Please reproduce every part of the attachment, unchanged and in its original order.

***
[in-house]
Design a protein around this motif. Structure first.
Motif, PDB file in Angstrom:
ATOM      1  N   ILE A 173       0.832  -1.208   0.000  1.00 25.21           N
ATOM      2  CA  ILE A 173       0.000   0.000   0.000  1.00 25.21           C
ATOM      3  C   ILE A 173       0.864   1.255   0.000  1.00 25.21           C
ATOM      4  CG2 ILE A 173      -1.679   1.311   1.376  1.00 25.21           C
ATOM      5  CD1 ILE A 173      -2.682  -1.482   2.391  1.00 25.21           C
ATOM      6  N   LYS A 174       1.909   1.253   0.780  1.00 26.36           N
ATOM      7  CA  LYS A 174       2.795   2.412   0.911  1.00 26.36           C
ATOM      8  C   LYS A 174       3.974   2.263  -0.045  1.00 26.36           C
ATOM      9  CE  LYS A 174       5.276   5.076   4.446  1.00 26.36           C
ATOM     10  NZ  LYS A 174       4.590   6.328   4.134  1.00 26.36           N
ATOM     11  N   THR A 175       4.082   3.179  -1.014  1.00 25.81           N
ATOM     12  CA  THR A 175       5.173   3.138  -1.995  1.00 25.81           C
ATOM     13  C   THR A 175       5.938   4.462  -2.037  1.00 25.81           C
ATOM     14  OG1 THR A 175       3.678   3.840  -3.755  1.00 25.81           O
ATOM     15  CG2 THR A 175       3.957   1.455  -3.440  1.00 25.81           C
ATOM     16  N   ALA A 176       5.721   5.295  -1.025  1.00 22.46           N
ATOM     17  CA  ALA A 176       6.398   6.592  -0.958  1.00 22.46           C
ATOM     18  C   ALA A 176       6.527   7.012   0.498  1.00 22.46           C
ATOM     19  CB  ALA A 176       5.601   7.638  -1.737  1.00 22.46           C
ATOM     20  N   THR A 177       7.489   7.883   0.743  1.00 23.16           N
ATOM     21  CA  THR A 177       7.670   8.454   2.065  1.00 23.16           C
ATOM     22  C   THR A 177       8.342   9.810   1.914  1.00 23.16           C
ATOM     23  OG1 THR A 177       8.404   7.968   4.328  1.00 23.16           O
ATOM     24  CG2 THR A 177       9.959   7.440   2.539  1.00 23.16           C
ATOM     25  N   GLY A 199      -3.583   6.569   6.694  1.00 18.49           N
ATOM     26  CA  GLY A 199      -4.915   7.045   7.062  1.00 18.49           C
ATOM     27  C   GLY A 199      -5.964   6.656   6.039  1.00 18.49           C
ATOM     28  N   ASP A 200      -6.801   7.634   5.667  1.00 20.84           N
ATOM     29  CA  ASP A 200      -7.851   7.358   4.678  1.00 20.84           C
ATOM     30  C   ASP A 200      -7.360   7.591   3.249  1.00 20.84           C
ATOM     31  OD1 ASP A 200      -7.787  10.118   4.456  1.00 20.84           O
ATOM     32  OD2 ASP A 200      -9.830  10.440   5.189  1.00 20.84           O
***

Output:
[in-house]
Design a protein around this motif. Structure first.
Motif, PDB file in Angstrom:
ATOM      1  N   ILE A 173       0.832  -1.208   0.000  1.00 25.21           N
ATOM      2  CA  ILE A 173       0.000   0.000   0.000  1.00 25.21           C
ATOM      3  C   ILE A 173       0.864   1.255   0.000  1.00 25.21           C
ATOM      4  CG2 ILE A 173      -1.679   1.311   1.376  1.00 25.21           C
ATOM      5  CD1 ILE A 173      -2.682  -1.482   2.391  1.00 25.21           C
ATOM      6  N   LYS A 174       1.909   1.253   0.780  1.00 26.36           N
ATOM      7  CA  LYS A 174       2.795   2.412   0.911  1.00 26.36           C
ATOM      8  C   LYS A 174       3.974   2.263  -0.045  1.00 26.36           C
ATOM      9  CE  LYS A 174       5.276   5.076   4.446  1.00 26.36           C
ATOM     10  NZ  LYS A 174       4.590   6.328   4.134  1.00 26.36           N
ATOM     11  N   THR A 175       4.082   3.179  -1.014  1.00 25.81           N
ATOM     12  CA  THR A 175       5.173   3.138  -1.995  1.00 25.81           C
ATOM     13  C   THR A 175       5.938   4.462  -2.037  1.00 25.81           C
ATOM     14  OG1 THR A 175       3.678   3.840  -3.755  1.00 25.81           O
ATOM     15  CG2 THR A 175       3.957   1.455  -3.440  1.00 25.81           C
ATOM     16  N   ALA A 176       5.721   5.295  -1.025  1.00 22.46           N
ATOM     17  CA  ALA A 176       6.398   6.592  -0.958  1.00 22.46           C
ATOM     18  C   ALA A 176       6.527   7.012   0.498  1.00 22.46           C
ATOM     19  CB  ALA A 176       5.601   7.638  -1.737  1.00 22.46           C
ATOM     20  N   THR A 177       7.489   7.883   0.743  1.00 23.16           N
ATOM     21  CA  THR A 177       7.670   8.454   2.065  1.00 23.16           C
ATOM     22  C   THR A 177       8.342   9.810   1.914  1.00 23.16           C
ATOM     23  OG1 THR A 177       8.404   7.968   4.328  1.00 23.16           O
ATOM     24  CG2 THR A 177       9.959   7.440   2.539  1.00 23.16           C
ATOM     25  N   GLY A 199      -3.583   6.569   6.694  1.00 18.49           N
ATOM     26  CA  GLY A 199      -4.915   7.045   7.062  1.00 18.49           C
ATOM     27  C   GLY A 199      -5.964   6.656   6.039  1.00 18.49           C
ATOM     28  N   ASP A 200      -6.801   7.634   5.667  1.00 20.84           N
ATOM     29  CA  ASP A 200      -7.851   7.358   4.678  1.00 20.84           C
ATOM     30  C   ASP A 200      -7.360   7.591   3.249  1.00 20.84           C
ATOM     31  OD1 ASP A 200      -7.787  10.118   4.456  1.00 20.84           O
ATOM     32  OD2 ASP A 200      -9.830  10.440   5.189  1.00 20.84           O